Safety consultant Myron Jones understands better safety training is needed for workers entering construction job sites, but he believes the basic OSHA training labor unions and politicians are pushing is the wrong way to go.
“The class was specifically designed for safety directors, managers and owners,” he said. “Most of the employees that are out there on these job sites are going to be bored to death and asleep in a half-hour of listening to some instructor talk to them about regulations.”
The comments came during discussion Wednesday night at the Clark County Government Center. Nearly 35 labor leaders, workers, safety consultants and government officials attended seeking ideas to submit during the looming Legislative session that begins Monday.
The first meeting, held in July, led to a bill request for the 2009 Legislature, requiring the 10-hour safety class by the Occupational Safety and Health Administration training.
Forcing the class on workers “will accomplish absolutely nothing in the safety arena,” while enriching individual trainers and training agencies and costing employers a lot of money, according to Jones, who said he has taught the training across the country.
“The training needs to be specific to the job task these people are being asked to perform,” he said.
Clark County Commissioner and discussion Chairwoman Chris Giunchigliani said it was her understanding the training could be tailored to the job site.
Jack Mallory, president of Painters and Allied Trades District 15, agreed, arguing the OSHA 10 can be customized to be job-specific.
Representatives from Nevada OSHA did not accept an invitation to attend the hearing.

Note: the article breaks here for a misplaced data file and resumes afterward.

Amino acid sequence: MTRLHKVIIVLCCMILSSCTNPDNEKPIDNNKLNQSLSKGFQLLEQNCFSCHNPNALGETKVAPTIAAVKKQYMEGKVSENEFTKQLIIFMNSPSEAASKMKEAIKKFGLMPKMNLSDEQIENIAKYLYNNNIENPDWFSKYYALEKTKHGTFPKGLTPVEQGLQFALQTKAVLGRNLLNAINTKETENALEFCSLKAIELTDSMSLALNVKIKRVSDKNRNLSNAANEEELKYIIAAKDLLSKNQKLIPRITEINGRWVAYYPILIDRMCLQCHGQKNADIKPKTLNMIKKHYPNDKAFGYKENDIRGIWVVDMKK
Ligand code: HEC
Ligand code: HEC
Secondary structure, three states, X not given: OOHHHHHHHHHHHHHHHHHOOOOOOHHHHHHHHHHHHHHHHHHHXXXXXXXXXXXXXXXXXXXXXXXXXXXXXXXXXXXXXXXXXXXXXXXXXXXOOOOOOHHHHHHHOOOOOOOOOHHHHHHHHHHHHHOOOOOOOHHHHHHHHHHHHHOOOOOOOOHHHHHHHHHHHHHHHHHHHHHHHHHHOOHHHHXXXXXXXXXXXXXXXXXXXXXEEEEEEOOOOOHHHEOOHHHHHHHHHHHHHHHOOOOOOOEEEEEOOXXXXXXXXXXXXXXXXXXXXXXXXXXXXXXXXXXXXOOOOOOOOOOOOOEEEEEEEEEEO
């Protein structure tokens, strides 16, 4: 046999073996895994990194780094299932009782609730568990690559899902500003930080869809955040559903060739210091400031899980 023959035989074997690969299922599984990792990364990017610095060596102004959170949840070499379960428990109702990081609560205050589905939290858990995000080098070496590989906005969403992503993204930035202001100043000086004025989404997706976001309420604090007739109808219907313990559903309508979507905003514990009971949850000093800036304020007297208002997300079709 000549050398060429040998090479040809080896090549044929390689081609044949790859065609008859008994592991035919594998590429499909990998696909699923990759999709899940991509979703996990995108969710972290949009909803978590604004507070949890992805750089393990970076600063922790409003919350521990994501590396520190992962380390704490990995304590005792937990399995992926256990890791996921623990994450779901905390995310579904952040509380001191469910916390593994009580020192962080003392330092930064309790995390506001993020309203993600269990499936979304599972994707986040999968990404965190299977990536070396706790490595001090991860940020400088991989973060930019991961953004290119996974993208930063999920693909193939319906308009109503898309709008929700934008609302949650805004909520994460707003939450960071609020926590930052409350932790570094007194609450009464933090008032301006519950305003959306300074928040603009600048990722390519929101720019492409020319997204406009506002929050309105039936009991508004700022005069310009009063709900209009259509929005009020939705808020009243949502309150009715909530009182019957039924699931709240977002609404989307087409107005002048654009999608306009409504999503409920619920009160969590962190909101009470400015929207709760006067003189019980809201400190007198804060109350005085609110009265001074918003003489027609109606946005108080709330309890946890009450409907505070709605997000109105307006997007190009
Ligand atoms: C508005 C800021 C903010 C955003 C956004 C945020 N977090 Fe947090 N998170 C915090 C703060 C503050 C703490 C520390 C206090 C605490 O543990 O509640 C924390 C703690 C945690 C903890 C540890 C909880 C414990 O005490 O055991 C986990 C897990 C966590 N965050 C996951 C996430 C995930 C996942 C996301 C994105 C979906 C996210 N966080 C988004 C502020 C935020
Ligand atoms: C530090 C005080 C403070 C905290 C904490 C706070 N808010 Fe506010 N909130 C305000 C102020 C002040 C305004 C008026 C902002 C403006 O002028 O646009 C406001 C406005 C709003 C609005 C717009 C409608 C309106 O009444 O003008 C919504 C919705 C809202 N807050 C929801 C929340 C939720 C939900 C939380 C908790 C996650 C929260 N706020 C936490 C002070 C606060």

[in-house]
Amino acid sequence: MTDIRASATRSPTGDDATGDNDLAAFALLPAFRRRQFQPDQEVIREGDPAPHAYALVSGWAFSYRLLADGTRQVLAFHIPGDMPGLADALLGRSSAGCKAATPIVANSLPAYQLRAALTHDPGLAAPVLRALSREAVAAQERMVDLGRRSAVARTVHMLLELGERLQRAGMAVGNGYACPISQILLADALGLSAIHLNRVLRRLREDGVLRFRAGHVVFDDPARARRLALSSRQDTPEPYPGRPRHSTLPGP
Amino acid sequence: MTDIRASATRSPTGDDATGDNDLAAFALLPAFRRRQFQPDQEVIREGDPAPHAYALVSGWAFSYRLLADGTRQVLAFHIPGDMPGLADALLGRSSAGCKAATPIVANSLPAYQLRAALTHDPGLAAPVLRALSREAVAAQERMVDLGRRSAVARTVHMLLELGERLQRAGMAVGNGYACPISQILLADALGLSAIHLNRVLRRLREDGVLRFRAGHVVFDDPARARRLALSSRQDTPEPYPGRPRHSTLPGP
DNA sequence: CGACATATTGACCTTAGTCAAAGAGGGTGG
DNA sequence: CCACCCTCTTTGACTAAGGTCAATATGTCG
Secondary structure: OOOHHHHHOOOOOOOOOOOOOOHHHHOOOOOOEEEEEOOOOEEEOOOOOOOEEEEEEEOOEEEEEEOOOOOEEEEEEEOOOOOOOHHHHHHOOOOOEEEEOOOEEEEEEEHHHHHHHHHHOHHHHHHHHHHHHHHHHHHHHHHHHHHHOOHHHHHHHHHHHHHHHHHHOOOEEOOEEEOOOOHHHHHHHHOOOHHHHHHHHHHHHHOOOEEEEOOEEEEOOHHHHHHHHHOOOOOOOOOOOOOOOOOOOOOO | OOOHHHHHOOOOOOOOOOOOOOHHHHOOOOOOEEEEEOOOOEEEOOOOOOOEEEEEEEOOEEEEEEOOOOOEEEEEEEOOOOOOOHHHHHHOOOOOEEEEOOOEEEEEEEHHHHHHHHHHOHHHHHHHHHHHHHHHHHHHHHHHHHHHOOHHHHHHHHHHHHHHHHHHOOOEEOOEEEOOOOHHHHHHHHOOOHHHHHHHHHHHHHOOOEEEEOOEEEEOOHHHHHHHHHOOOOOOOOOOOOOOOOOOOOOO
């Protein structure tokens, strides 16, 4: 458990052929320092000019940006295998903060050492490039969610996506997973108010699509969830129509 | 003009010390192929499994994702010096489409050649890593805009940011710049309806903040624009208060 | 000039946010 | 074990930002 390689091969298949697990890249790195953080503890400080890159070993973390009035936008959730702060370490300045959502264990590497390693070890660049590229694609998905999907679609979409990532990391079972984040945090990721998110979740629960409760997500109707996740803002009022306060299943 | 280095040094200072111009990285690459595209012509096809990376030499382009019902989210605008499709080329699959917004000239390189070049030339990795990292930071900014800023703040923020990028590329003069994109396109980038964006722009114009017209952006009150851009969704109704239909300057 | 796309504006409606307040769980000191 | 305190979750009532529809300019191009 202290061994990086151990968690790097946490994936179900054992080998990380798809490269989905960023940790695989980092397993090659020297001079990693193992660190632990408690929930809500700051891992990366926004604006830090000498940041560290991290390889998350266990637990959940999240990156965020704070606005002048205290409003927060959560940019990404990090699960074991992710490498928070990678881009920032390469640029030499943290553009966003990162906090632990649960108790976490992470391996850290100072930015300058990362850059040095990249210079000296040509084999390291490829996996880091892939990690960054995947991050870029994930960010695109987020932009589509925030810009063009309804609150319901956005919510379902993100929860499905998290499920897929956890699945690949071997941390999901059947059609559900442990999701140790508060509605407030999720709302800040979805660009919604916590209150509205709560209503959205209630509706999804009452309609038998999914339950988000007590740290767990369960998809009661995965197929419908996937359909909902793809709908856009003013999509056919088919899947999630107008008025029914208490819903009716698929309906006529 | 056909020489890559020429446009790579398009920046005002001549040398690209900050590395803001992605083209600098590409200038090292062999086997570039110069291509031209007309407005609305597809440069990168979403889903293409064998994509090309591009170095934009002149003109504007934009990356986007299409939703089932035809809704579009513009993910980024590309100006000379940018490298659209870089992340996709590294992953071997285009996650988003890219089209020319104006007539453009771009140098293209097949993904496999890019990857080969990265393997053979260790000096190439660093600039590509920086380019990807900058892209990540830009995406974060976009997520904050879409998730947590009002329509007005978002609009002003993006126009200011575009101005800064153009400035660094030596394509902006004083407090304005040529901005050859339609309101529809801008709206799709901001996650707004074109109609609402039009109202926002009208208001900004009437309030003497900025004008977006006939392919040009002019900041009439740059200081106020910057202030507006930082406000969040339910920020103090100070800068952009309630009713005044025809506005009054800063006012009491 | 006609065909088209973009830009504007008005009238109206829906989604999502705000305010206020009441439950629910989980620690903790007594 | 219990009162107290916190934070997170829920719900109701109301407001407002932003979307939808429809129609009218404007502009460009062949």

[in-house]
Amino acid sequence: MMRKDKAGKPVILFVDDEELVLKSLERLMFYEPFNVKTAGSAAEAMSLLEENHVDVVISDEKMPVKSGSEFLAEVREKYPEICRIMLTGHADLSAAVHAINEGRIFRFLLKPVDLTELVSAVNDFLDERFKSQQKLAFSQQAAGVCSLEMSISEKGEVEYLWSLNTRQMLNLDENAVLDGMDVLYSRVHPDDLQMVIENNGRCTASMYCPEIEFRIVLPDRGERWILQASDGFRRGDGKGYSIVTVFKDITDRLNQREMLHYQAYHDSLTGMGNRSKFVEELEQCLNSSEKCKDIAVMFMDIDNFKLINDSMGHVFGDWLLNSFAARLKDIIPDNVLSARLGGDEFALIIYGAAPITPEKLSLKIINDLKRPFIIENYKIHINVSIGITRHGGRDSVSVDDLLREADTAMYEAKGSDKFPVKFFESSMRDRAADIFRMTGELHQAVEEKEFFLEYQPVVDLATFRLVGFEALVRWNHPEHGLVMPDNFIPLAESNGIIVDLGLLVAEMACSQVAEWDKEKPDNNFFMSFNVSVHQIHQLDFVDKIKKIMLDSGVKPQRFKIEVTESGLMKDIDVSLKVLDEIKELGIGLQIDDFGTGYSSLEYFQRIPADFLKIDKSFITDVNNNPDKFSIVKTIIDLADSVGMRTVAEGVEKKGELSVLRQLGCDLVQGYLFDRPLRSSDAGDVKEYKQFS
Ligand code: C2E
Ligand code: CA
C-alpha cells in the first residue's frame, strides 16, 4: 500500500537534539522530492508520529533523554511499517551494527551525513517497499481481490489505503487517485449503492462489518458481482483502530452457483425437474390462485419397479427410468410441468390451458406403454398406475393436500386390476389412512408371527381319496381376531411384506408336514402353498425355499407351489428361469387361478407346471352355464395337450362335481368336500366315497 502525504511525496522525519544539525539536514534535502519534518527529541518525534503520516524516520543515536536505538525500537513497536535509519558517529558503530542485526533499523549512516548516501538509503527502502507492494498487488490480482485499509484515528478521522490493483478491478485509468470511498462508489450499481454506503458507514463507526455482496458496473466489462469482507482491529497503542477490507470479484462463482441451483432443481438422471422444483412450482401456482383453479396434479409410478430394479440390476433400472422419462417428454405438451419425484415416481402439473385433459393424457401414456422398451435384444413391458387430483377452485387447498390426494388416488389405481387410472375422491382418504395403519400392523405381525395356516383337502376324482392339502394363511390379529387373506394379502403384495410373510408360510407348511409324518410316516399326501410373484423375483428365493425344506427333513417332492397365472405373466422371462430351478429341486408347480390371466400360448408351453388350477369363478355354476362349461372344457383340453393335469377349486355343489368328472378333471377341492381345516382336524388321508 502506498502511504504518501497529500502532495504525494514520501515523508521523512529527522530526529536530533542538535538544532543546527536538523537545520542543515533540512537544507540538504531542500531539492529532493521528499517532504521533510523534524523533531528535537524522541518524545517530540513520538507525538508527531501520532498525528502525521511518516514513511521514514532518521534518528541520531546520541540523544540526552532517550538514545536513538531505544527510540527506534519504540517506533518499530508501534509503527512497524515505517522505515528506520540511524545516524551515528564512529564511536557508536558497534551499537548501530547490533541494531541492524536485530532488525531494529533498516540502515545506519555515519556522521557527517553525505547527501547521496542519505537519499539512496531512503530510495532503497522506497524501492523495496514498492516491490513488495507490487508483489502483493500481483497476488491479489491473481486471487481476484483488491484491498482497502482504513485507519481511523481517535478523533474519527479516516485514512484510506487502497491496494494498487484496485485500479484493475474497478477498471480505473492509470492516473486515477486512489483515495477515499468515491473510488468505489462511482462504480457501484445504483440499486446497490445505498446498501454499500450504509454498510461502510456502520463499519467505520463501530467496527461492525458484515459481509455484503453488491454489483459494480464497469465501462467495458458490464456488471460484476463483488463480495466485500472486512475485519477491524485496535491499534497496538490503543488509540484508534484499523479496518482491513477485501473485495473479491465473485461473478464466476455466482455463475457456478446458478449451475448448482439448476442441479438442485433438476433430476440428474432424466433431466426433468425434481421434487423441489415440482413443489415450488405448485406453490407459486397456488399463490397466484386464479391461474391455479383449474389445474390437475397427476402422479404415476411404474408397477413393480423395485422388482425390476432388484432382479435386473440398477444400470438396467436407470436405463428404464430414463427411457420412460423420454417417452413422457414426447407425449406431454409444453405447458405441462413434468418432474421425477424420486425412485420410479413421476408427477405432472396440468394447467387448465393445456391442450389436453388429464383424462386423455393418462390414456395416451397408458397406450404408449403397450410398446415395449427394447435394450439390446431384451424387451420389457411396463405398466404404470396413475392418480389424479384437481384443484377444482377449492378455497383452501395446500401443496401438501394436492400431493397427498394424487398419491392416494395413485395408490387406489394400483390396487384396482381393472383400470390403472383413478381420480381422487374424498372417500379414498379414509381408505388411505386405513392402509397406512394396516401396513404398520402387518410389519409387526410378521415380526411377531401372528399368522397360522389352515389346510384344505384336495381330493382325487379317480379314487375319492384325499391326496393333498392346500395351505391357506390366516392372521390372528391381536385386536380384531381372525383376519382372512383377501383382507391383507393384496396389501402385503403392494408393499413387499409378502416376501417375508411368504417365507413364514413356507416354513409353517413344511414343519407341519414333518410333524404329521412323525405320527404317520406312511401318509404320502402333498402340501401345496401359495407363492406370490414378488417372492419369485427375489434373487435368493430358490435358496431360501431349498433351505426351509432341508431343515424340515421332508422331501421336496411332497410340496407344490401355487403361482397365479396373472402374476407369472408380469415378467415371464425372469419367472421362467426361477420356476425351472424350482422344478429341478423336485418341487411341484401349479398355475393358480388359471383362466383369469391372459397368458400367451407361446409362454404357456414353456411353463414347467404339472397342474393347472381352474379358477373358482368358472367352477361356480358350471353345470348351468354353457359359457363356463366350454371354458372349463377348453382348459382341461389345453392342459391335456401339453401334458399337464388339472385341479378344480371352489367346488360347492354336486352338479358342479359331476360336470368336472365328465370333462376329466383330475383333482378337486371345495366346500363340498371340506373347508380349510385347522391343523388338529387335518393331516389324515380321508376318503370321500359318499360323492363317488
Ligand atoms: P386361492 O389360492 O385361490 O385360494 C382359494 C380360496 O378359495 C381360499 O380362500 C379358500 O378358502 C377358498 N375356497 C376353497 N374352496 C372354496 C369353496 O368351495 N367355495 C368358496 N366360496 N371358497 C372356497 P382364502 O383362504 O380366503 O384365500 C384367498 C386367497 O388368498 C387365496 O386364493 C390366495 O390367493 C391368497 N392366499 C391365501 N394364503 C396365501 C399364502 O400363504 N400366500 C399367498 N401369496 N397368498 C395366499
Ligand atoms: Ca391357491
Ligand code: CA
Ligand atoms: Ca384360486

Wednesday’s meeting was the second discussion on worker and job site safety following 12 construction deaths in the past two years.
Other concerns pushed at the meeting included urging OSHA to respond to complaints made by third parties, enforcing existing penalties to provide an economic incentive to owners and contractors to promote safety, exploring ways to fine individual workers, improving response from companies and insurance carriers for injured workers, and urging proper job certification with follow-up training.
Giunchigliani said she would go through her notes and suggest bills or amendments to current Legislation being considered in Carson City.
Along with Giunchigliani, the panel again included Southern Nevada Building and Construction Trades President Rick Johnson and Steve Holloway, executive vice president of the Las Vegas chapter of Associated General Contractors.
New to the roundtable were Assembly Majority Leader John Oceguera, D-Las Vegas; Assemblyman Marcus Conklin, D-Las Vegas, who is chairman of the Commerce and Labor Committee; and Ron Lynn, head of Clark County’s building division.
Jones said unions and contractors need to use what they know from experience works, not create new law.
“We’re looking at a lot of things and none of these things is going to be easy,” Jones said. “I don’t think we can gloss over them with a quick, new regulation, new statute or code.”
Contact reporter Arnold M. Knightly at firstname.lastname@example.org or 702-477-3893.